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More residents developing respiratory illnesses due to polluted air in Bangladesh

Country’s main respiratory diseases hospital treated some 210,000 patients in 2021, say officials

SM Najmus Sakib | DHAKA, Bangladesh

Rising numbers of people in Dhaka are developing respiratory illnesses in Bangladesh’s capital where clean air is rare and which continues to register one of the worst performances in a global healthy air index.

Dhaka has seen only 38 days of clean air in the last six years, according to the Center for Atmospheric Pollution Studies at Stamford University Bangladesh. It also witnessed a 7% rise in air pollution in 2021 compared to the last five years.

Dhaka was the world’s second most polluted city in 2019 and 2020, according to the Air Quality Index.

In Bangladesh, some 50,000 children die of pneumonia every year, while it is responsible for around 28% of deaths among children under 5 years old, according to the International Centre for Diarrhoeal Disease Research.

Sadia Sultana Reshma, an air health activist, told they are witnessing an alarming increase in patients with respiratory diseases.

Last year, the National Institute of Diseases of the Chest and Hospital in Dhaka treated some 210,000 patients with respiratory diseases, with 60,000 of them admitted to the hospital.

There were fewer patients admitted to hospitals in 2020, she said, citing an anonymous official.

“The situation worsening due to the bad air in Dhaka,” said Reshma, who is a respiratory disease specialist and intensive care unit consultant as well.

Contaminated air in Dhaka contains heavy metals, particles and toxic gases, including a large amount of carbon dioxide, monoxide and sulfur, she said, adding, toxic gases are mostly emitted from vehicles, brick kilns, factories, and a growing number of construction activities in the city.

“Inhaling the contaminated air causes interstitial lung disease, pneumonia or acute respiratory infections, tuberculosis and others, and we are getting such patients, including women and children, in Dhaka.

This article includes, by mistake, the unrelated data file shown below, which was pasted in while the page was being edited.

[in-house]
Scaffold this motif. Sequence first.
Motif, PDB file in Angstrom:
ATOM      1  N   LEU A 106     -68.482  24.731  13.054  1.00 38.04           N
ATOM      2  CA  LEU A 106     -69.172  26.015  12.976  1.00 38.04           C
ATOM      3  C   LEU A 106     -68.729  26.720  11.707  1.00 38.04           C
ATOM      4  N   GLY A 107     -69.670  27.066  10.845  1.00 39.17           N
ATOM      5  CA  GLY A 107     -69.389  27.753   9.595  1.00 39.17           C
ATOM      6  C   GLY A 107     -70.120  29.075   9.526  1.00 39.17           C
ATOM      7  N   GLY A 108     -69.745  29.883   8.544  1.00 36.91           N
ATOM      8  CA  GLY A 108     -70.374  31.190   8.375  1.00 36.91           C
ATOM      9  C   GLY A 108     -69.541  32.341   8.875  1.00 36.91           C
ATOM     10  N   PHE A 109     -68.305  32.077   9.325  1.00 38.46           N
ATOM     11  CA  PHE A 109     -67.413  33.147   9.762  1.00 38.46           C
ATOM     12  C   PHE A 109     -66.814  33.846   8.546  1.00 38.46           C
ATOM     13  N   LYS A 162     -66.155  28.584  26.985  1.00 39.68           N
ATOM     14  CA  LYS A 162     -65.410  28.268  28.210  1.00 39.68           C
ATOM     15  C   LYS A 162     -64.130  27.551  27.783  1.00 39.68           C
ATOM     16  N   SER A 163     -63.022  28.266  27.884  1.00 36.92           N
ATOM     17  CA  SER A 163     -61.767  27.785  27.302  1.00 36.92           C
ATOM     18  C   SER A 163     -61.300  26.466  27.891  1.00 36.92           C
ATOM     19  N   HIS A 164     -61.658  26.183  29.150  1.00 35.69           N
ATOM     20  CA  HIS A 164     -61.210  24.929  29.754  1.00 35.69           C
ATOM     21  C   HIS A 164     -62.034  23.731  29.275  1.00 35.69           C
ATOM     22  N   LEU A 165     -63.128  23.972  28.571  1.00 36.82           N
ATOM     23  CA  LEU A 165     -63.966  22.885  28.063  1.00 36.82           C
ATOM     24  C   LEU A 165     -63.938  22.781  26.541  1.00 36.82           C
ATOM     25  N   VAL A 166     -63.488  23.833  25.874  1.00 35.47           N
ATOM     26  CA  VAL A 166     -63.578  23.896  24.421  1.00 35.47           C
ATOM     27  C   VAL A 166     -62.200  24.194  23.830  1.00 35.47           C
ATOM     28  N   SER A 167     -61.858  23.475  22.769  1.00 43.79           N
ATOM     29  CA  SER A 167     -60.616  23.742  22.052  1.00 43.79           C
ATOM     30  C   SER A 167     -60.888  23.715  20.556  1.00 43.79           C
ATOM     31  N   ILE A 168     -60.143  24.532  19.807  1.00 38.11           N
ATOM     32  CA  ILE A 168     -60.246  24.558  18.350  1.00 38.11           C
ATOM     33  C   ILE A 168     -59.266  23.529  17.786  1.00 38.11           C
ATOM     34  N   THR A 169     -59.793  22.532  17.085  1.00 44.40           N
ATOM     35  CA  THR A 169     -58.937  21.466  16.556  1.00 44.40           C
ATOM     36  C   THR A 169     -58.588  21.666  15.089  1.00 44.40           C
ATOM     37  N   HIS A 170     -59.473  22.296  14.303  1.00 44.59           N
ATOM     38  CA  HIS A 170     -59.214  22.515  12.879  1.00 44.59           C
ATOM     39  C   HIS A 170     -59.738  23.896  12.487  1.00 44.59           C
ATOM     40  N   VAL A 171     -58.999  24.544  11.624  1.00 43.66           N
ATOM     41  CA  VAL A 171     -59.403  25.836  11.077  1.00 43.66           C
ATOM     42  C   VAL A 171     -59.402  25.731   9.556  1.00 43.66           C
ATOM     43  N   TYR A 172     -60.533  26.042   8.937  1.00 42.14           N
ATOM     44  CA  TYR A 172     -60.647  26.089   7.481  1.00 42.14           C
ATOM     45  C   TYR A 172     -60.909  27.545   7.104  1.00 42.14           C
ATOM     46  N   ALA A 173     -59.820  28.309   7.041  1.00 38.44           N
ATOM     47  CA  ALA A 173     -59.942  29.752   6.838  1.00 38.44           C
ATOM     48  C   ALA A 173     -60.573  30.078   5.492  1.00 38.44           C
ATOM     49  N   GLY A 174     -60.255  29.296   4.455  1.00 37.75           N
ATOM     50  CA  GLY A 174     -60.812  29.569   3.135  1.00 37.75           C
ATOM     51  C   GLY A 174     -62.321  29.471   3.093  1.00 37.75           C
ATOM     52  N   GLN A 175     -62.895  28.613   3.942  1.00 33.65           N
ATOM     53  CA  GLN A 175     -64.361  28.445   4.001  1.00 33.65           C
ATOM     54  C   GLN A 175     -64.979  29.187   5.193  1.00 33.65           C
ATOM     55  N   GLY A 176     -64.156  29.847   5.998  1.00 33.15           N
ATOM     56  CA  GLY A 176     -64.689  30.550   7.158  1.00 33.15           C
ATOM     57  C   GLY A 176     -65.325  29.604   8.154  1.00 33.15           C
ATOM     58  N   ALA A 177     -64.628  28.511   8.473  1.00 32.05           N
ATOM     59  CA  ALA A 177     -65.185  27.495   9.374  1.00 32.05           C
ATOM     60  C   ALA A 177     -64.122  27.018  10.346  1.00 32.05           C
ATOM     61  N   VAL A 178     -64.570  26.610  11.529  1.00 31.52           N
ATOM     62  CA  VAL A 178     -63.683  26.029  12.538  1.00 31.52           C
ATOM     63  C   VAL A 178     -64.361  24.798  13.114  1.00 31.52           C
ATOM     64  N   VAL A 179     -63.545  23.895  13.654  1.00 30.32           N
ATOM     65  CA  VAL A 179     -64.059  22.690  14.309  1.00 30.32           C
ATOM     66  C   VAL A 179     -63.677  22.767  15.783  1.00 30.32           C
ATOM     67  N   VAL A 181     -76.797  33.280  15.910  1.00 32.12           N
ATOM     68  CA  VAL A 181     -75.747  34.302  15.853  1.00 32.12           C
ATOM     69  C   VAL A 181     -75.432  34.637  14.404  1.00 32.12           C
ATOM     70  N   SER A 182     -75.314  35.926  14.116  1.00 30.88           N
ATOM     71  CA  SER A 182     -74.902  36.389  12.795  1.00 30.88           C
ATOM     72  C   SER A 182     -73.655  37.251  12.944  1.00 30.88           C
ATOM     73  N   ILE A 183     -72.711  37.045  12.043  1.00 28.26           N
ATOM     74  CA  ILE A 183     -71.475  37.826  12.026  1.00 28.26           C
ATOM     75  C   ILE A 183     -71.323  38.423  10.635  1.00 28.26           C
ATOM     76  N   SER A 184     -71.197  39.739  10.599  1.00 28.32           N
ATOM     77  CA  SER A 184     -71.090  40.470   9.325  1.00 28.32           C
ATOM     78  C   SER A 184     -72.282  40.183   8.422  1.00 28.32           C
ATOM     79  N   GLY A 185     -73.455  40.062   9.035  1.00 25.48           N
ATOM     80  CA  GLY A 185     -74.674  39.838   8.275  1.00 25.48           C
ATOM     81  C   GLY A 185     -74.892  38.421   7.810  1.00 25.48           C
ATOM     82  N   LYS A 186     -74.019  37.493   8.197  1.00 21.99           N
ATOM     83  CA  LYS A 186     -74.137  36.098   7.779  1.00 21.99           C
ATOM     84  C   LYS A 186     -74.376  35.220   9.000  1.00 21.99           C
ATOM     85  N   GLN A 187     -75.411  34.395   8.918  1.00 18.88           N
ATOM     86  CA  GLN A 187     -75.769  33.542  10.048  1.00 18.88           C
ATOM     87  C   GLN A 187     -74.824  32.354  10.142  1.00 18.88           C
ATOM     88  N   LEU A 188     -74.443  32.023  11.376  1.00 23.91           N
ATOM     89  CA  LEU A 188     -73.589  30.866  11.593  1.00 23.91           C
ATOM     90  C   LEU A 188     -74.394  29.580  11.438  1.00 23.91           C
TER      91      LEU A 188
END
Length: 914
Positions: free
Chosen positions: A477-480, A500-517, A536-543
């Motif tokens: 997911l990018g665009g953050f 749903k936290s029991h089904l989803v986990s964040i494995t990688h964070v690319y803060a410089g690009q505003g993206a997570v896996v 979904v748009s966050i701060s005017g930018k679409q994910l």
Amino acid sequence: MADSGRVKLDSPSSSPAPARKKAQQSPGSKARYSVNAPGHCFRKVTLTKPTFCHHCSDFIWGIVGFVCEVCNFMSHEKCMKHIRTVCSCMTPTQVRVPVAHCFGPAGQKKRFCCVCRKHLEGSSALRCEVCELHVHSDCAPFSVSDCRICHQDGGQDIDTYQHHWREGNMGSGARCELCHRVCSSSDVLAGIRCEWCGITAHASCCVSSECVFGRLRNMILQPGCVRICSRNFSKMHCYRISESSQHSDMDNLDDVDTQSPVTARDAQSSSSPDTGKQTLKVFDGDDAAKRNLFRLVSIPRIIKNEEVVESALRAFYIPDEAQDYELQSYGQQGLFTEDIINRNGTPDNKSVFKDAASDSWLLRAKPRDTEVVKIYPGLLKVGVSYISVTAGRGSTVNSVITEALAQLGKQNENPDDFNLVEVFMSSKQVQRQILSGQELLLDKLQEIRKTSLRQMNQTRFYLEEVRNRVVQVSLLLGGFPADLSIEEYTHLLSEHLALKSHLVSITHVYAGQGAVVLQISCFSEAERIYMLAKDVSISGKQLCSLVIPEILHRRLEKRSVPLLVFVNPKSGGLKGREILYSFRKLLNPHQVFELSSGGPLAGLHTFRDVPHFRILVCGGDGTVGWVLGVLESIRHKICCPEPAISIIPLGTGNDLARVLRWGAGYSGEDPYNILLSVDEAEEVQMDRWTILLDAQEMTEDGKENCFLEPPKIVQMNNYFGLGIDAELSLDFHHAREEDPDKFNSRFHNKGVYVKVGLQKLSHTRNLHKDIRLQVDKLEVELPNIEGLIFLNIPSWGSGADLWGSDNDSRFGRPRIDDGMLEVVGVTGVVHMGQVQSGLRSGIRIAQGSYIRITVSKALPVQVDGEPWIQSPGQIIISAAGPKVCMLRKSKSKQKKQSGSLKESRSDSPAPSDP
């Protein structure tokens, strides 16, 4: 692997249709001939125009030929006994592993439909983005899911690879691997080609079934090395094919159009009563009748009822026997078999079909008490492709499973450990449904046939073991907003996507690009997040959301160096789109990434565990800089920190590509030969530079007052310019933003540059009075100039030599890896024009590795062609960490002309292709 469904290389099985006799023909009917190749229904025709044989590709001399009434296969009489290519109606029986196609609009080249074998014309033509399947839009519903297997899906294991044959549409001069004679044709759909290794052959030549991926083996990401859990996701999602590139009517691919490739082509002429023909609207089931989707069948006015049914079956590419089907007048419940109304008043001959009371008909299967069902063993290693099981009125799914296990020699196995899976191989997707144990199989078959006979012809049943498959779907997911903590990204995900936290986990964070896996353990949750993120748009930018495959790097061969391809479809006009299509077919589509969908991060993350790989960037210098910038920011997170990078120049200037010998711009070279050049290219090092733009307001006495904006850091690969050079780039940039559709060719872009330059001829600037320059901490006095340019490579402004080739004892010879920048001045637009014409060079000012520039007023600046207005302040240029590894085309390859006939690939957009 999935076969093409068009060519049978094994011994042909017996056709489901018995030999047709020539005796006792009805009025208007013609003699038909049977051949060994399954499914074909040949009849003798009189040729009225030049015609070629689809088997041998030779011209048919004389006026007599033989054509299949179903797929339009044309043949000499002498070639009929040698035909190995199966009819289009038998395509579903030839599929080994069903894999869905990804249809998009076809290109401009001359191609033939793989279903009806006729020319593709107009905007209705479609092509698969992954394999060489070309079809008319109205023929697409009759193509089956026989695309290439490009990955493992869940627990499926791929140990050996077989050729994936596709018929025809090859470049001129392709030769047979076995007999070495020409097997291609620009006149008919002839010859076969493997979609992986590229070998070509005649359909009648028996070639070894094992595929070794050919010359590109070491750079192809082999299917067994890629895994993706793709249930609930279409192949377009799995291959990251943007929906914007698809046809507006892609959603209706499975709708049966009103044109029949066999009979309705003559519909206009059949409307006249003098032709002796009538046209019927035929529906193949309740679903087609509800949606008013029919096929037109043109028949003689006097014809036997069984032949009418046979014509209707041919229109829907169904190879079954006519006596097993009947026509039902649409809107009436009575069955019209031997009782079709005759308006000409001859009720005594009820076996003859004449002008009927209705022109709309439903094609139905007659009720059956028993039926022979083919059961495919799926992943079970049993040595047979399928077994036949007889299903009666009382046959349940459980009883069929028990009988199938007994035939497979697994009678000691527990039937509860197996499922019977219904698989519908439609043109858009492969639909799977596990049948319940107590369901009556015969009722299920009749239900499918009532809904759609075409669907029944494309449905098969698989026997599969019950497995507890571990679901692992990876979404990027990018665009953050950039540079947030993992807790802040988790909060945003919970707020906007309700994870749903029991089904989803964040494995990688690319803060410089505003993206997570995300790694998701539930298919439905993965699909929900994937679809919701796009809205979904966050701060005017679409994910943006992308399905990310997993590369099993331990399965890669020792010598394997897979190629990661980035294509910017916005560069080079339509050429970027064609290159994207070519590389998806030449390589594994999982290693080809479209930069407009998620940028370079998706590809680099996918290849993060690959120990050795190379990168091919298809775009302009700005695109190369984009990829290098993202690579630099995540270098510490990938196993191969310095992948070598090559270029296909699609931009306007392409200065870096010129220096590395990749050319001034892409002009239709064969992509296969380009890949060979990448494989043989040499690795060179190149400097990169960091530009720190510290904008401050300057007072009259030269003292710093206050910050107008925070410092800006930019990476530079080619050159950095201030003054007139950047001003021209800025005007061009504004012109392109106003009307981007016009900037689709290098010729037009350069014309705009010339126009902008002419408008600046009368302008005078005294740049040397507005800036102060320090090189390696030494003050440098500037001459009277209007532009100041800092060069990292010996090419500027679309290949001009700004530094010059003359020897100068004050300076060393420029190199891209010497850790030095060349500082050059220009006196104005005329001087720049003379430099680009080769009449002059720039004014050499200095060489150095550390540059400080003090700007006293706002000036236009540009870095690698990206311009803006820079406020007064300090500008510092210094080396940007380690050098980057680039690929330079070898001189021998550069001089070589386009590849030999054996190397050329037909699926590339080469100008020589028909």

“The toxic matter stored in the lungs and long-term inhalation of contaminated air causes the lungs to be damaged. Garments workers, traffic police and public bus drivers are the worst victims of Dhaka city air pollution,” she added.

Lack of proper monitoring, law implementation

Kazi Saifuddin Bennoor, a physician at the respiratory medicine department of the National Institute of Diseases of the Chest and Hospital, said there is no real-time data on how many people are being affected by the bad air due to lack of proper monitoring in Bangladesh.

“But we are getting patients with respiratory complexity indoors and outdoors at our hospitals in a constant increase that is directly linked to the contaminated air. The number of patients with lung infections sees a 25% increase in the dry season when air pollution takes the worst look.”

Bennoor, who is also the co-secretary of the Bangladesh Lung Foundation, said “workplace air pollution has become a serious concern for countries like Bangladesh. Stone crushing and shipbreaking plants are the most unsafe places for workers, as these ‘industries’ do not provide safety equipment to workers during the unsafe jobs.”

He alleged that “we don’t see any major implementation of the concerned laws. Meanwhile, brick kilns do not follow the minimum height limit of furnaces and chimneys of brick kilns.”

Bennoor also pointed out that transboundary pollution is a cause.

“We have so many unhealthy factories and stone breaking fields in other countries along with our border areas. We should engage in a diplomatic dialogue to stop such pollution as these are violating global norms and law,” he said.

Both health experts suggested that city dwellers check daily air quality and plan outdoor activities on that basis. City authorities should also limit outdoor activities and shut schools to reduce exposure during extreme air pollution.

Women and children are also becoming victims of indoor air pollution, according to an earlier study of the experts. It showed that women in villages faced lung diseases due to long stays in the kitchen and cooking in an unhealthy manner, they added.

The government says action being taken

Speaking to Anadolu Agency, Keya Khan, additional secretary of the Environmental Pollution Control Cell at the Ministry of Environment, Forest and Climate Change, called the situation alarming and said the air in Dhaka is highly polluted and hospitals are seeing increasing numbers of patients.

She said that development work in Dhaka is among the causes which fuel-air pollution during the dry season but “we have already issued notifications to all concerned to cover construction materials and establishments properly to stop contamination.

“We regularly conduct drives to seal illegal brick kilns and take other punitive measures for polluting the air. We have already sent the draft Air Pollution Control Rules to the Law Ministry for approval.”

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